cases, Judge Mohr began a three month assignment as a temporary justice of the
Second Appellate District.

According to the court’s records, First American was originally represented in
the litigation by the St. Louis and Los Angeles offices of the Bryan, Cave law
firm.  The First American defense team at Bryan Cave included attorneys
Newman, Maschmann and Siegel, who eventually left Bryan Cave to become
partners at Sonnenschein in February 2009.  They took the First American
litigation with them to Sonnenschein. Gary Cohen was already a partner at
Sonnenschein at this time.

According to publicly available portions of plaintiffs’ disqualification
papers, before Mr. Cohen became a partner at Sonnenschein, plaintiffs counsel
Bernheim and Kick had on several occasions communicated with Mr. Cohen about
retaining/employing Mr. Cohen to work on behalf of plaintiffs in the First
American litigation.  In so doing, plaintiffs counsel communicated extensive
confidential work product information to Mr. Cohen, according to the publicly
filed documents.

When Mr. Cohen became a Sonnenschein partner, plaintiffs’ counsel again
contacted Mr. Cohen, expressing interest in retaining him through the firm,
according to plaintiffs’ publicly filed papers.  According to the publicly
filed papers, Mr. Cohen caused a conflict check to be run at Sonnenschein.  He
reported that there was a conflict, and that he and the firm could not work
with plaintiffs against First American in this litigation.

Three weeks after that, Sonnenschein filed a substitution of attorney and
became counsel of record against plaintiffs in the very same litigation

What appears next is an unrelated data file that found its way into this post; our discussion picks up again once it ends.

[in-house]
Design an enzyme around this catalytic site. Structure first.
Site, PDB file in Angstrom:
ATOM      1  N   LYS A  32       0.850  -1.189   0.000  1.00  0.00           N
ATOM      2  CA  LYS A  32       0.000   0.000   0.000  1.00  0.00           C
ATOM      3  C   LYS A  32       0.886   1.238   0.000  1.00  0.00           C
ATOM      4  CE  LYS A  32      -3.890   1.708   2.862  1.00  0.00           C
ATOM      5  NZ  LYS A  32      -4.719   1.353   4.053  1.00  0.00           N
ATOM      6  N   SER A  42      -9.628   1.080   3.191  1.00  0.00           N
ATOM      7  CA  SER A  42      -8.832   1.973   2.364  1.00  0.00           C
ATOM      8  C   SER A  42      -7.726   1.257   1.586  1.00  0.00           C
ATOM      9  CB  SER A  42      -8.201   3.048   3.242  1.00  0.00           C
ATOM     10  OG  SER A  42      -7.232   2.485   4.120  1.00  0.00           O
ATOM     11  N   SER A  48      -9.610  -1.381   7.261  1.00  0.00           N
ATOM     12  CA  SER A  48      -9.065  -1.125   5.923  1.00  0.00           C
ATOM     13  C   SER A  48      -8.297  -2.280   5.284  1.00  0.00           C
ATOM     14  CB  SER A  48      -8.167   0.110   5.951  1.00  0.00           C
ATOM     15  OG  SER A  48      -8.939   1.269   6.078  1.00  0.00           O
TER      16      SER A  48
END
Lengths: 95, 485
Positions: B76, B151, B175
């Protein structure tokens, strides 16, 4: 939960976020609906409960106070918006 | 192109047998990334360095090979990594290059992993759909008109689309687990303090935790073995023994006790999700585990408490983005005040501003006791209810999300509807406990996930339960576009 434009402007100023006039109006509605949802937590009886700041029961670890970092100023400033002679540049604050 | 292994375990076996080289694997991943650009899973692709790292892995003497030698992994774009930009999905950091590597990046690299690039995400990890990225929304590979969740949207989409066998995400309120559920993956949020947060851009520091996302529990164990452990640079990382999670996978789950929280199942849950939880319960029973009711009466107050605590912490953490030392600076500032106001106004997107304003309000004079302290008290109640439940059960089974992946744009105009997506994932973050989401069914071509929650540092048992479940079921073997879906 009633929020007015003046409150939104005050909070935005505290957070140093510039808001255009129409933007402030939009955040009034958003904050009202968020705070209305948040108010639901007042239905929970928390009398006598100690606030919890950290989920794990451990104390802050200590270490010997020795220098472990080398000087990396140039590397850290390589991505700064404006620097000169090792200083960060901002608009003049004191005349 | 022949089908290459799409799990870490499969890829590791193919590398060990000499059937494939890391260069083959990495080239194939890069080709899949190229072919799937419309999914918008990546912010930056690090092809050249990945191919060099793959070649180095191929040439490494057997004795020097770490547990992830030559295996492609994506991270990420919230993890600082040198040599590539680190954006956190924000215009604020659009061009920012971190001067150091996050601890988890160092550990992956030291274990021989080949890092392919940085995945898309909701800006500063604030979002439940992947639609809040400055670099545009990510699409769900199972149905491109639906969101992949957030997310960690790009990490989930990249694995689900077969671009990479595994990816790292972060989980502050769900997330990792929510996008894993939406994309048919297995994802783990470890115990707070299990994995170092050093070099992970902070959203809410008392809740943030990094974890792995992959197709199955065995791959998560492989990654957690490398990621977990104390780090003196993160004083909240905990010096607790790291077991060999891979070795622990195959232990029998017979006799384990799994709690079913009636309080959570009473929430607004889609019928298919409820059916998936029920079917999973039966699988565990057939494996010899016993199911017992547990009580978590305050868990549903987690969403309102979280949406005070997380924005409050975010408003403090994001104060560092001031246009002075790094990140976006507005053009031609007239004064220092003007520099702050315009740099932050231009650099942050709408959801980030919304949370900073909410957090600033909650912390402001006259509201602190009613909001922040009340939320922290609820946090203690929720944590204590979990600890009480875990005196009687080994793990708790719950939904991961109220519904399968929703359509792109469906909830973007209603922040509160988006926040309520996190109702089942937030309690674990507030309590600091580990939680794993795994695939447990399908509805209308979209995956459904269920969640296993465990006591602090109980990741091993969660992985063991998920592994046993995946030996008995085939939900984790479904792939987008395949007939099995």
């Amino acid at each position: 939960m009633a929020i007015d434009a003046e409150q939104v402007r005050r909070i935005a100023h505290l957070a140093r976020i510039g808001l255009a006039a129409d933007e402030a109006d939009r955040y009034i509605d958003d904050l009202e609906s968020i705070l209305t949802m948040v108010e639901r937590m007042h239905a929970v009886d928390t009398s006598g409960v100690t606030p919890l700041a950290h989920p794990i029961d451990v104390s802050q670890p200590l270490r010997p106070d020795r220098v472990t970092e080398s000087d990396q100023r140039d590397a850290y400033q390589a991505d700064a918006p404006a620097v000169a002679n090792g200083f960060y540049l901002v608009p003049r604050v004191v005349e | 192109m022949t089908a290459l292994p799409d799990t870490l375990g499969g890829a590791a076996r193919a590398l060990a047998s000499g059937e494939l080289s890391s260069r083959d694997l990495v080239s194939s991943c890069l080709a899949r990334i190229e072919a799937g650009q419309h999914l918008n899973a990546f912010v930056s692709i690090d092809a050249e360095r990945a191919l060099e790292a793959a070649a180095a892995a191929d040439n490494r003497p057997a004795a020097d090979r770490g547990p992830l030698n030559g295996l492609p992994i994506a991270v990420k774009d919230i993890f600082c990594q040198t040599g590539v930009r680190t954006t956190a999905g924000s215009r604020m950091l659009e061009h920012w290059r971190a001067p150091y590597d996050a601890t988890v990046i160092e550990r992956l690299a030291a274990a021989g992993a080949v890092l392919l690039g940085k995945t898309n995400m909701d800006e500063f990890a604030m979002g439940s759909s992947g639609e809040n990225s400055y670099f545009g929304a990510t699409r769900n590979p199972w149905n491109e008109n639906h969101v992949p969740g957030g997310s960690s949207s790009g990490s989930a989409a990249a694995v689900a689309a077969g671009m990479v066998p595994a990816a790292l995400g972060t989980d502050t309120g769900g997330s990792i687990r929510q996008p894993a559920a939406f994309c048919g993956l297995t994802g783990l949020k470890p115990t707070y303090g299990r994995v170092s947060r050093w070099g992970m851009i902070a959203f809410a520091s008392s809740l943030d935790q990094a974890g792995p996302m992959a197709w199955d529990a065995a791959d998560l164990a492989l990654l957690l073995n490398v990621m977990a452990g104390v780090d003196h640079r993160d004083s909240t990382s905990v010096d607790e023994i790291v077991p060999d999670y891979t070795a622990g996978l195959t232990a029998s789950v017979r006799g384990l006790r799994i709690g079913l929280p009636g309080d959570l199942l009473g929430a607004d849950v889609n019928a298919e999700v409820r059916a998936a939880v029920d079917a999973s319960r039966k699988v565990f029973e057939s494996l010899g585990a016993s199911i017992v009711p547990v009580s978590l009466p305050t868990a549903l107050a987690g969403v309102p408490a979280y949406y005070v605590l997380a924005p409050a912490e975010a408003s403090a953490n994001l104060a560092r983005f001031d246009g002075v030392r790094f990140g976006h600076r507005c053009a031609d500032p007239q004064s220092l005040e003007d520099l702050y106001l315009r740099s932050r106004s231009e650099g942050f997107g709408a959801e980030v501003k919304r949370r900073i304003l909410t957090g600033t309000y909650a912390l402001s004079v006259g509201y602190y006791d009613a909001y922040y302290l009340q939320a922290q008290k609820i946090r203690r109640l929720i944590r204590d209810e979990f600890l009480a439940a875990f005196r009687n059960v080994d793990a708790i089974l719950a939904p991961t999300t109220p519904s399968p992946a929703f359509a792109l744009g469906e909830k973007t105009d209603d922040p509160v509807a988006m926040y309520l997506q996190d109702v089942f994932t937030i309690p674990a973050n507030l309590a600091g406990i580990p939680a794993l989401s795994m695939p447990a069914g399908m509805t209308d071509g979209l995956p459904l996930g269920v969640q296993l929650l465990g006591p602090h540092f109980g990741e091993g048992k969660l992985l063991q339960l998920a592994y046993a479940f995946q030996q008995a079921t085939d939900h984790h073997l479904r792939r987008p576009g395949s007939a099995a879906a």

plaintiffs counsel had discussed with Sonnenshein partner Cohen.  Sonnenschein
was now adverse to a party in the very litigation where they had nearly been
retained only weeks before, and where a conflict check had revealed there was
indeed a conflict, according to the publicly available documents filed by
plaintiffs in Superior Court.

Plaintiffs filed the motion to disqualify Cohen and the entire Sonnenschein
firm in early March 2009.  Defendants responded by representing they had built
an “ethical wall” around Mr. Cohen at Sonnenschein.  In court-filed documents,
defendants alleged that the wall prohibited communications pertaining to these
cases between Mr. Cohen and the Sonnenschein (formerly Bryan Cave) litigation
team.

About six weeks later, according to public records in the court file, the
Sonnenschein defense team submitted to Judge Mohr a trial court order from
another judge in another First American Title case.  The Sonnenschein defense
team (Mr. Newman, Mr. Maschmann, Mr. Siegel, et al) urged J. Mohr to dismiss
these cases based on that order.  They stated that the order in the other case
was “directly relevant” to the cases before Judge Mohr.

In court-filed papers, plaintiffs stated that —

    —  Gary Cohen was in fact one of the lawyers working on this other
        “directly relevant” case.
    —  Gary Cohen’s work in that “directly relevant” case was
        adverse to plaintiffs’ interests here.

    —  Gary Cohen did that work despite having received confidential
        information from plaintiffs, and did that work despite
        Sonnenschein’s representation that Mr. Cohen would abide by their
        “ethical wall.”

In a publicly filed declaration, First American Title’s in-house counsel, Mr.
Timothy P. Sullivan, Esq., testified that the Sonnenschein lawyers hold
“unique and irreplaceable knowledge” pertaining to the litigation.  He also
testified that these class actions “are the most aggressively litigated and
complex proceedings that I have experienced in my 35 years of practice.”

Mr. Sullivan testified that First American has incurred more than $5,500,000
in attorney’s fees and $1,000,000 in additional expenses in defending them.

Plaintiffs’ litigation claims include the following, as set out in public